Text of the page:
Stepping Into Quickstep
by Gert-Jan & Susie
of the most exciting rhythms we dance is the Quickstep. The tempo of
this rhythm is quicker than a lot of the dances we dance, the quickest
of the Standard dances (Samba is usually considered the quickest of the
Latin dances). Because of the speed of the music, and therefore the
actions, there are some general guidelines that should help us execute
these figures. We will not say to you that the quickstep is an easy
rhythm; it does take effort to learn. But it is so rewarding, when you
do learn it and are able to enjoy this delightful rhythm.
With most rhythms we dance there is one main and one secondary timing.
One of the challenges of quickstep is that there are so many timing
variations. You have [SS; S] [SQQ;] [ QQS;] [QQQQ;], and then of course
all kinds of variations and combinations for different figures. Part of
learning each figure includes learning the timing of that particular
figure. We need to learn each figure well, and be able to dance them
"without thinking,"which can be a challenge given the speed of the
With any figure, in any rhythm, we need to know how and where we should
place our feet to dance the figure correctly. With most of the familiar
rhythms, this footwork comes by now pretty naturally to most of us. But
with quickstep, since we are not as familiar with the figures, and
since they do come quickly, it will take some extra effort to learn the
Two figures that are very prominent in quickstep are the lock steps and
the chasses. One of the most important things concerning any lock step
is the body position; we need to dance with a shoulder lead -- never
straight. Our feet can travel Line of Dance, but our body must be
One of the most important aspects of quickstep is that (usually) all
the quick steps are taken on the ball of the foot. One example of a
figure that we so often see danced incorrectly, with both a lowering
action and dancing "straight," is the phase IV figure, Running Forward
Locks or Running Back Locks. We must practice these with shoulder lead
until it becomes second nature.
With a chasse, we need to rise smoothly and gradually. The rise starts
at the end of the first step and reaches the maximum height at the end
of the third step. On the fourth step you stay up, then lower at the
end to start the next step low (heel lead for the person going
forward). For most chasses, we think, "down, up, up, up."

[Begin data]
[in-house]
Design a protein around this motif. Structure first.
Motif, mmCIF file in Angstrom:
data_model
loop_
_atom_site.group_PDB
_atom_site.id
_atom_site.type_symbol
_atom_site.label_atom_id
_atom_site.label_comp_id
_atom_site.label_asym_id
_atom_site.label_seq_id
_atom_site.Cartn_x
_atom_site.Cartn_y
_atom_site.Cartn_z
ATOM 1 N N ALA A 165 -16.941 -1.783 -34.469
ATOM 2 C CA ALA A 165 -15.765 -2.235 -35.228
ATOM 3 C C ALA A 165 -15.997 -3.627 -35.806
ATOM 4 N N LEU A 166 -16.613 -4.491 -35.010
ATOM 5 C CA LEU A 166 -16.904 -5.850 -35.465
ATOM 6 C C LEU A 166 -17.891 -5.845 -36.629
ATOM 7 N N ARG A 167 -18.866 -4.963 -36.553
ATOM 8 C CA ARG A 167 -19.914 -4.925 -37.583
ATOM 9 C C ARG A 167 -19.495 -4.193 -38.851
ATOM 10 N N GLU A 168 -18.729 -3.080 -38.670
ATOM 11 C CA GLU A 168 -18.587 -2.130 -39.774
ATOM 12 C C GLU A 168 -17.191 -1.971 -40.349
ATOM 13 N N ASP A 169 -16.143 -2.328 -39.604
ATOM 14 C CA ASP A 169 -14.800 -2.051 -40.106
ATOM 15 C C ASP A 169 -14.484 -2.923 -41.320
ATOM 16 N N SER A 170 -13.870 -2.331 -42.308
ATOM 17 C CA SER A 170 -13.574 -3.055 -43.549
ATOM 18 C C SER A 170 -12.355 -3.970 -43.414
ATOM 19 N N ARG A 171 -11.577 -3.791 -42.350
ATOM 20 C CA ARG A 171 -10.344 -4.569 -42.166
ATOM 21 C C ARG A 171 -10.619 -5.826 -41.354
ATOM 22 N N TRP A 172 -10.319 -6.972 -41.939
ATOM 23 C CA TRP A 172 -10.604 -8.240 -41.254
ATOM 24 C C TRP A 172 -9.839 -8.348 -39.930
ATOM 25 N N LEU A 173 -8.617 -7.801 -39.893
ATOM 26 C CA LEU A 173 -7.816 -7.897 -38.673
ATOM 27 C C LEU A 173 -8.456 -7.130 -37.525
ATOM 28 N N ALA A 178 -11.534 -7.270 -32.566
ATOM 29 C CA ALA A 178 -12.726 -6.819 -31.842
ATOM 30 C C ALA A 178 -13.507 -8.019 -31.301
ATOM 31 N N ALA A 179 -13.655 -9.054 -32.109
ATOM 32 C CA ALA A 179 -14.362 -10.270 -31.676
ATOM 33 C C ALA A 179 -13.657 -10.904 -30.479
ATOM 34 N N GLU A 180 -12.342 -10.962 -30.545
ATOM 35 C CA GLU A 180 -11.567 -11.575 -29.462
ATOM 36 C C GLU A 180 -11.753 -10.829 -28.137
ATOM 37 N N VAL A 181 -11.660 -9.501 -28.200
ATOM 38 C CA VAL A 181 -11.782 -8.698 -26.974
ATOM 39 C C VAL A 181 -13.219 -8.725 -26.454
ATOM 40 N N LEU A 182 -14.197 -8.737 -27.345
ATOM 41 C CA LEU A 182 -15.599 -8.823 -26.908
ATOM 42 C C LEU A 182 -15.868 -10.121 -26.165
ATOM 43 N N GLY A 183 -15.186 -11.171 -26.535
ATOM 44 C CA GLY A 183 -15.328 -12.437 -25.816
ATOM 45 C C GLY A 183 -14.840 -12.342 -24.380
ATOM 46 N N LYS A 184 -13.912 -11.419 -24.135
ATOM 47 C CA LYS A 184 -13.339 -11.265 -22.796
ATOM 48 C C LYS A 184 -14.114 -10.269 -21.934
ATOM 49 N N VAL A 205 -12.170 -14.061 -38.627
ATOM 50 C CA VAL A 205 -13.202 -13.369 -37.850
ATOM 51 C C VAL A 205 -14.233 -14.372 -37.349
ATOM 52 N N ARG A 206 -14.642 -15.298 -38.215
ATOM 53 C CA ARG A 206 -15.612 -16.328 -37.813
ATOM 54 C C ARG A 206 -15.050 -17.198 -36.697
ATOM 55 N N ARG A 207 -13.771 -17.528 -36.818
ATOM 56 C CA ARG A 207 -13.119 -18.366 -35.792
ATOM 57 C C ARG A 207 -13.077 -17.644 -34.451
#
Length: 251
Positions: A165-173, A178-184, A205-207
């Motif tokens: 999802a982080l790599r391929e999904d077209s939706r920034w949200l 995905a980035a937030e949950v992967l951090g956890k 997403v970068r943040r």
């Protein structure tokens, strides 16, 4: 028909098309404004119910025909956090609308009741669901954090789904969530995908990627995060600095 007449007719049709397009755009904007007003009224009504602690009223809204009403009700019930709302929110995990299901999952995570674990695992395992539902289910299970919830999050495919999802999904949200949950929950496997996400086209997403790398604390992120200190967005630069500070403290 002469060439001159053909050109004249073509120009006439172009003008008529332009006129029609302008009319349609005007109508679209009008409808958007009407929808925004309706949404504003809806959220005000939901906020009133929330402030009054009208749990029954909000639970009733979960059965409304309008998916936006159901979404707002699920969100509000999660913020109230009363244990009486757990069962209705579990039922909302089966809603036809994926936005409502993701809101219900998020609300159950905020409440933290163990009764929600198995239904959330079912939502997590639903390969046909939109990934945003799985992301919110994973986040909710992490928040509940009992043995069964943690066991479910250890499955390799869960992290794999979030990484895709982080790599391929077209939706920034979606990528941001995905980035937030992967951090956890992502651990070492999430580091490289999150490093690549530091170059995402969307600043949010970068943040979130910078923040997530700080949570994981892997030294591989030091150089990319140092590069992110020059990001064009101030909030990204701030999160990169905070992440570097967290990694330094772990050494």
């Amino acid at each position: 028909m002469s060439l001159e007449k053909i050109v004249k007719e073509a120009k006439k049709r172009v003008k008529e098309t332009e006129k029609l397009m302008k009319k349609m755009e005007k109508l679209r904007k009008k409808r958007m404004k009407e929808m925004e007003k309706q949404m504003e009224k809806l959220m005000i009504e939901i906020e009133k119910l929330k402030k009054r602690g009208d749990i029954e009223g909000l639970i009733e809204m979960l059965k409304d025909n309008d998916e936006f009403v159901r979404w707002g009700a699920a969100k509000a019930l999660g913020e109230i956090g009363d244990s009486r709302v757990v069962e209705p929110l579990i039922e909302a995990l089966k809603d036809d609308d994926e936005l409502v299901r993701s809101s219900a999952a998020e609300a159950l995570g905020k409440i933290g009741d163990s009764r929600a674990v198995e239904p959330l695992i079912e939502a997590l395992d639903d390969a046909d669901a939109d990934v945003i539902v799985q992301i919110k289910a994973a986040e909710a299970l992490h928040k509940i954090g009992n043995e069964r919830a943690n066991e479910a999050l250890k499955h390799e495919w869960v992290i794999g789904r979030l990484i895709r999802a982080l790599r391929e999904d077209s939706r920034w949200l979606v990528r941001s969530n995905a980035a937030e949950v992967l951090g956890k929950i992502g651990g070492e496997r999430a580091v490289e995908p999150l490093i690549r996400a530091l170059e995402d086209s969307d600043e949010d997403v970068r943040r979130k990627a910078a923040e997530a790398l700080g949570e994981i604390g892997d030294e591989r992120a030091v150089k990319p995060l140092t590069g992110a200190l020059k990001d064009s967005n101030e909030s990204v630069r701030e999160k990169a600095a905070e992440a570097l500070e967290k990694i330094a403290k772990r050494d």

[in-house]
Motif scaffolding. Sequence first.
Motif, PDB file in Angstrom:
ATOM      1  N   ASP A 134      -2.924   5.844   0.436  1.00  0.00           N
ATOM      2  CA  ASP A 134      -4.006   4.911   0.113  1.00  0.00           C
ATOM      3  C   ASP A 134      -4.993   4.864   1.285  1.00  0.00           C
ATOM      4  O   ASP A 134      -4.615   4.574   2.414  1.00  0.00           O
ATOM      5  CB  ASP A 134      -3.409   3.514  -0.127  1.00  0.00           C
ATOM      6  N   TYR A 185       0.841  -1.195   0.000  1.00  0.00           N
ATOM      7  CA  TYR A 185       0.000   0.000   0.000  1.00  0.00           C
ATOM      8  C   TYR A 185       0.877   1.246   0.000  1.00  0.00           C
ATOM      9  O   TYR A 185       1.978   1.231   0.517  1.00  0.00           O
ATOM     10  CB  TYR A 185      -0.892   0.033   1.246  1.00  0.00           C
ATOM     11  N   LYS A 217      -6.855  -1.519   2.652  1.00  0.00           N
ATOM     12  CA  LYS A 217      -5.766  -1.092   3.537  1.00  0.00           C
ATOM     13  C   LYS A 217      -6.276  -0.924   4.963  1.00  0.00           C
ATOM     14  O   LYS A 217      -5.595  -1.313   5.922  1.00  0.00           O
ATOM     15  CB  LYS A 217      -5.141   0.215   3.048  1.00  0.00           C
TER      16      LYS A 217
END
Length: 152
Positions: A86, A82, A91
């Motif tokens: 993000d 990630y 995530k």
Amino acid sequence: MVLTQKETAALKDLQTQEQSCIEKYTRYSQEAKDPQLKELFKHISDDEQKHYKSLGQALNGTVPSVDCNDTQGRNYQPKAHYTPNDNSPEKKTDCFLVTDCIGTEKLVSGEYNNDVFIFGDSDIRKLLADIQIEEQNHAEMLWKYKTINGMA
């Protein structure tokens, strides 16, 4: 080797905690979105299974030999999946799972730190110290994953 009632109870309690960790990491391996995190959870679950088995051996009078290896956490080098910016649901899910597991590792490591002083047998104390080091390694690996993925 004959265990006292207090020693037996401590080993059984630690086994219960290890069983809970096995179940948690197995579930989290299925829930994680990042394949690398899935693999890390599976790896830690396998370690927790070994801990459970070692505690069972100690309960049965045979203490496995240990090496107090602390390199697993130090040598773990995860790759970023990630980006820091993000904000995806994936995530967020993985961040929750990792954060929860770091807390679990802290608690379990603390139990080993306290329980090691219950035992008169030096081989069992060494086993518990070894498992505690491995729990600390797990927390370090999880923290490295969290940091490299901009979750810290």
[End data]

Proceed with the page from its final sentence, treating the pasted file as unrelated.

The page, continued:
There is a lot to learn with all that is included for each figure: the
timing, footwork, body position, rise, sway, but we think you will feel
that it is well worthwhile when you find yourself "flying across the
floor" gracefully executing a well-written quickstep dance.
A Few Figures with Remarks --
- Running Forward Locks (and Running Back Locks) [QQQQ; QQS;]
figure, the general tendency is for dancers to lower, especially on the
fourth quick, and sometimes to forget the timing and try QQS; QQS;
- Tipple Chasse (and Forward Tipple Chasse) [SQQ; S]
Sometimes we forget
that on a tipple chasse there is a "tipping" action, so a stretch
towards the foot that starts the chasse. We need to be careful that we
make a body stretch, not a dip with the shoulders.
- Double Reverse Spin [SS; QQ] Like the Double Reverse in
the basic problem dancers have is getting all the way around with their
partner. And as in the other Standard rhythms, the lady needs to think
about dancing "through" her partner, not "around" her partner.
- Scoop [SS;] In this figure, since the foot placement is not
we often forget what "makes" the figure a scoop, and not just a side
close; we need to have the strong sway away from the stepping foot
which will make a left side stretch for the man, a right side stretch
for the lady. At the end of the figure there is a rise to the toes.
- Quick Open Reverse [SS; QQ] We need to remember to start
this figure with two slow steps, which is unusual in quickstep.
- Running Finish [SQQ;] I'm not sure why, but often dancers
want to go
left-face instead of right-face for this figure. Don't do that! :-)
- Six Quick Twinkle [QQQQ; QQ] This figure has two sway
changes and a
change of shoulder lead, making it a challenging figure to dance
correctly. On the fourth quick it is acceptable for the man to make a
slight side step while the lady closes; this can help to get the lady
in front. The lock at the end of the figure will be made with a left
shoulder lead, and an extra lock will get you back on the measure.
- Stutter [QQS; QQ] This figure goes from a left side lead,
closed position, to a left side lead again; and this change through
closed position and then back again happens on the last two quicks.
This figure will also often have an extra lock at the end to get back
on the measure.
- Mini Telespin [SS; S&QQ; S] Any problems with this
quickstep would usually be the same that a dancer would have in other
rhythms -- keeping the bodies together; also, we need to realize that
the last slow is a hold with no change of weight. Again this is a
figure that ends on a half measure, so that extra half measure is
usually made up either before or after the figure. Often the figure
getting out of a Mini Telespin is a Contra Check, and in quickstep if
we dance a Contra Check, Recover, Side in three slows, we are back on
the beginning of the next measure.
From clinic notes
prepared for the ICBDA Convention, 2014, and
in the Dixie Round Dance Council (DRDC)
Newsletter, December 2017.
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